The double action trigger is smooth faced, but the long curved shape ensures a secure grip for your finger.
The grips are much better finished than those on the black TM SIG P226 I tried, but lack the rubberized feel of those on the Chrome Stainless TM P226. One thing to note is that the frame design of the Tanaka is more realistic than the TM gun, so real-steel SIG grips should fit without modification.
There is a lanyard securing point at the rear of the grip, so you should never lose your SIG P226 and the front of the grip is finely chequered (as is the front of the trigger guard)
As with all P226s, the placement of the controls (notably the slide lock and disassembly lever) is unusual and, as a left hander, I found the slide lock impossible to reach with my shooting hand. This isn't a fault of the Tanaka gun, but worth considering if you are thinking of any P226 replica as a skirmish sidearm. I have fired a real P226 (probably the most comfortable real pistol I have fired) and since owning this gun (a little over a year now), I have become more comfortable with the controls, so regular usage, even for a leftie is likely to overcome the initial complication.
The magazine is nicely marked with SIG SAUER markings and fake 'witness holes'. The magazine is easy to load and double stacks, allowing 21 BBs to be loaded.
Tanaka magazines have had a bad reputation for leaks in the past, but the pair of magazines I have seem to hold gas reliably.
The hammer is spurred and ridged to allow easy single action cocking, although the double action is amongst the lightest I have encountered on a GBB and unlikely to hamper a first shot. That said, the pull is quite long and numb until the action starts to cut in.
I find the P226 a very comfortable gun to handle and the look, feel and balance of the Tanaka Works gun is vastly superior to an out of the box Tokyo Marui P226.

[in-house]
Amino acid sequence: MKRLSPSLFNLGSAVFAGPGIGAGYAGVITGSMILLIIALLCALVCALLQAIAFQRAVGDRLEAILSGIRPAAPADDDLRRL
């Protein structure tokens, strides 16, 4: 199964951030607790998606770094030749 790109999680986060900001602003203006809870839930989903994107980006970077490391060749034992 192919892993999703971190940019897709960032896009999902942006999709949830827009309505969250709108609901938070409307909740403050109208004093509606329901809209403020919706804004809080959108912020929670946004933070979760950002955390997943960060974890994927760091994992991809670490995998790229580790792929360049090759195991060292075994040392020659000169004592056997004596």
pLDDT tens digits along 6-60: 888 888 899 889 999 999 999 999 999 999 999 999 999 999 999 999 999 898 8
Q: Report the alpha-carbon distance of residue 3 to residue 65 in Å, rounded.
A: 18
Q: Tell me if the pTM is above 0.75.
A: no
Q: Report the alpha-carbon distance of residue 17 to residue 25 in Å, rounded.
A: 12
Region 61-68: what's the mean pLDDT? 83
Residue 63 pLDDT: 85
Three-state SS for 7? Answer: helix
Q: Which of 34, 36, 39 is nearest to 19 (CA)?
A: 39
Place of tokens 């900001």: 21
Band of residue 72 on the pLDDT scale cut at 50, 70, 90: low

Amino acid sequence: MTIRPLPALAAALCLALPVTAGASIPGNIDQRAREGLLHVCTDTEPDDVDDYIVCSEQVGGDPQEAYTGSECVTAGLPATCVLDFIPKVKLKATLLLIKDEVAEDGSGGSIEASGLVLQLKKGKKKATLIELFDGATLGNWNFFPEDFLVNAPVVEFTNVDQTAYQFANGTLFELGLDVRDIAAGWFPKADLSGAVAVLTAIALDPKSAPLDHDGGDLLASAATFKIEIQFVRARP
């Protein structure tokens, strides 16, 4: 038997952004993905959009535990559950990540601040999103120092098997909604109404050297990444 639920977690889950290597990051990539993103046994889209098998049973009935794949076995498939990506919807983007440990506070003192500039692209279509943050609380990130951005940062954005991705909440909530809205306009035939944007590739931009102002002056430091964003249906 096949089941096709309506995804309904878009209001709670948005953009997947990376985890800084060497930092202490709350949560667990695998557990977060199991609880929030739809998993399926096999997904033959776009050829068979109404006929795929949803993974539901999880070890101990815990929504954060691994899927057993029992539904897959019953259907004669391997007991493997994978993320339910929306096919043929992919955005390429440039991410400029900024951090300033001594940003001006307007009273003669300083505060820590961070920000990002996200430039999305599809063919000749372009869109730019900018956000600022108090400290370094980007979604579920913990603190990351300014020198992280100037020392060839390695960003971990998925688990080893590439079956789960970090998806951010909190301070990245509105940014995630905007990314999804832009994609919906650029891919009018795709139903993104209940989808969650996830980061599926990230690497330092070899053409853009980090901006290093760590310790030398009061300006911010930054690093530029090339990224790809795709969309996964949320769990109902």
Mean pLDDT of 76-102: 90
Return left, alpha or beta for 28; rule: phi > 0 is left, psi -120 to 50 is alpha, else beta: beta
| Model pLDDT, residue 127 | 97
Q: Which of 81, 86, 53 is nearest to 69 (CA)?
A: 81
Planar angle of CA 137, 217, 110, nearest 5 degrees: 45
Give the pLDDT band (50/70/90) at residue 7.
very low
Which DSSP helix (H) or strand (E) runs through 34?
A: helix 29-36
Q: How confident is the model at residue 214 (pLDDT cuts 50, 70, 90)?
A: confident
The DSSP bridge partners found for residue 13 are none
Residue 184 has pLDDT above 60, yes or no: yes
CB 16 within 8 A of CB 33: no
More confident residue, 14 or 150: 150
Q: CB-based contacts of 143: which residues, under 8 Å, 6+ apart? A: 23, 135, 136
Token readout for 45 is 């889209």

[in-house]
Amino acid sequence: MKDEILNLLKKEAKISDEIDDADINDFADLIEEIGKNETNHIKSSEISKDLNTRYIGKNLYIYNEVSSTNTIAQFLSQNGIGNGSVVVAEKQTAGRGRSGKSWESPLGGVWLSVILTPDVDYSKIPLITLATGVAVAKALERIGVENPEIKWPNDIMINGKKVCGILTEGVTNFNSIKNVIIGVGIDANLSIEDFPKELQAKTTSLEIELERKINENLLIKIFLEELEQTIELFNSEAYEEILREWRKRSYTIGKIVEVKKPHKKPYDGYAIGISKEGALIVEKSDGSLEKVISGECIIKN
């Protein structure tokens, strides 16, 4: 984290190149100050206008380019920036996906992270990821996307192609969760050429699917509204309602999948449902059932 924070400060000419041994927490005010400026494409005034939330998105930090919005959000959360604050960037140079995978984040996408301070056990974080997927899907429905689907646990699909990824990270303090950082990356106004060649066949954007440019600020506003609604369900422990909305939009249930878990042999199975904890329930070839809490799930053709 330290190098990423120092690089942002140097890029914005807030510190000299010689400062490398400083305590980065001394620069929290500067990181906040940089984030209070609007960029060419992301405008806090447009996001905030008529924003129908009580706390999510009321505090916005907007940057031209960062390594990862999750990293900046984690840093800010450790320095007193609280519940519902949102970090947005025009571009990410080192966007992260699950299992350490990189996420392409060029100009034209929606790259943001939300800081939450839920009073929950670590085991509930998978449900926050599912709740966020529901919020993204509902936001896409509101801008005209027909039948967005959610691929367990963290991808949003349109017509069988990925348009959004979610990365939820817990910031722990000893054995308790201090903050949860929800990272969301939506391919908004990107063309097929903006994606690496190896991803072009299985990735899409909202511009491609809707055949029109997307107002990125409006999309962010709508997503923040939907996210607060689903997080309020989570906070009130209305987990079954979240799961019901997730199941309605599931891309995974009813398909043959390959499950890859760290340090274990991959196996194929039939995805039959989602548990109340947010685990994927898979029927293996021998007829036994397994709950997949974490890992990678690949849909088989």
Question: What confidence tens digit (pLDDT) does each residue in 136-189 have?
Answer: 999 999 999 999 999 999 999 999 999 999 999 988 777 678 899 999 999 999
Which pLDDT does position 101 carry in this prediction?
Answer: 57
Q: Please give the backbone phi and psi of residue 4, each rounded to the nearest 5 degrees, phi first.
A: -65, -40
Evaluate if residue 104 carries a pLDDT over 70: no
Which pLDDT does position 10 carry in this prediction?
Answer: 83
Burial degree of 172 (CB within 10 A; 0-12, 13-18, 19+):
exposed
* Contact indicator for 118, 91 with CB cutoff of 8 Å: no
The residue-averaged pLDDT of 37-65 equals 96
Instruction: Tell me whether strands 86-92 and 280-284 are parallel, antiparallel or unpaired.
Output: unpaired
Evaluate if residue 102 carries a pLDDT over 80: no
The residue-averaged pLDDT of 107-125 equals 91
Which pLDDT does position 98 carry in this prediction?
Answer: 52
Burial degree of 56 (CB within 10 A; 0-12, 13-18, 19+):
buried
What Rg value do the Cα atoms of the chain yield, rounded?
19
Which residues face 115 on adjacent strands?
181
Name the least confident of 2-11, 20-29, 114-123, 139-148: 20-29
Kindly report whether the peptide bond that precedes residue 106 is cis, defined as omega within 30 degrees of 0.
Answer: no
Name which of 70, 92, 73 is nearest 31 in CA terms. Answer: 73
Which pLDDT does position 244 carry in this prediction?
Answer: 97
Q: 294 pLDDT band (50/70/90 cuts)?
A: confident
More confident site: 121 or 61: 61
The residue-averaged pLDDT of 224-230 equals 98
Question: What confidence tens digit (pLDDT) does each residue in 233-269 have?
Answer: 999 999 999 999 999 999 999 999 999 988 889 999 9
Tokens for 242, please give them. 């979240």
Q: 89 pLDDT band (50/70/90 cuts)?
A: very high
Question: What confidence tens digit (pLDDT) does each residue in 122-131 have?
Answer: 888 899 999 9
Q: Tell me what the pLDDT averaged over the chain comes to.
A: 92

Perhaps no-one will be that surprised that a Tanaka GBB is a good looker, given the reputation of their revolvers, but surely it wouldn't shoot very well, would it?
Click on image for bigger version in separate window.
Carrying out my standard 5m/6 round, off hand test, the P226's accuracy was good in terms of grouping, although all the shots were high and to the right of the aim point, but nothing a little adjustment of the sights and hop-up wouldn't address.
Of the two groups shown, the best was the squares with a best 5 of 6 diameter of 40mm. Pretty good, but not remarkable. That said, you can see how the both groups have a cluster of 4 well below that diameter.
Shooting down the length of my 70ft or so garden, the gun was easily able to hit the top half of my daughter's now little-used Wendy house door (about the size of a man's chest), but consistently hitting an A4 sheet proved too much for the P226. So, usable at that range and a lot better than Tanaka's pre S&W 500 revolvers, but not TM quality accuracy.
Tanaka license WA's highly regarded Magna gas system for their GBBs and that usually means good power and kick.
Over 10 shots, the Tanaka SIG P226 averaged 290 fps (using Propane) indoors (at 17C). Experience suggest this would equate to around 305fps at 20C with Propane/Green gas or 250 fps with 134a.
Trigger pull was 895g (32 Oz), which is a medium weight pull for a GBB.
With the magazine out, as with the real thing (but not the TM SIG P226), you will need to align the semi-circular indentation on the slide with the disassembly lever (on the left side of the frame, over the trigger) before the lever can be pushed down to release the slide/barrel from the frame.
This done, the slide and barrel assembly can then be pushed forward off the frame.
The recoil rod and spring can be removed by pushing the rod forward and then down and back from the barrel block
The barrel assembly can than be removed down and back from the slide.
Overall, the Tanaka SIG P226 is a flawed gem.
It's a true challenger for best looking and (especially) feeling airsoft GBB out of the box and delivers good power and kick, but the accuracy is only acceptable.
If you could somehow shoe-horn the TM SIG's hop-up and barrel assembly into the Tanaka shell, you'd have as near as dammit the perfect GBB, in my opinion.
Weight : 845g (280g magazine)
Realism : *****
Quality : *****
Power : ****
Accuracy : ***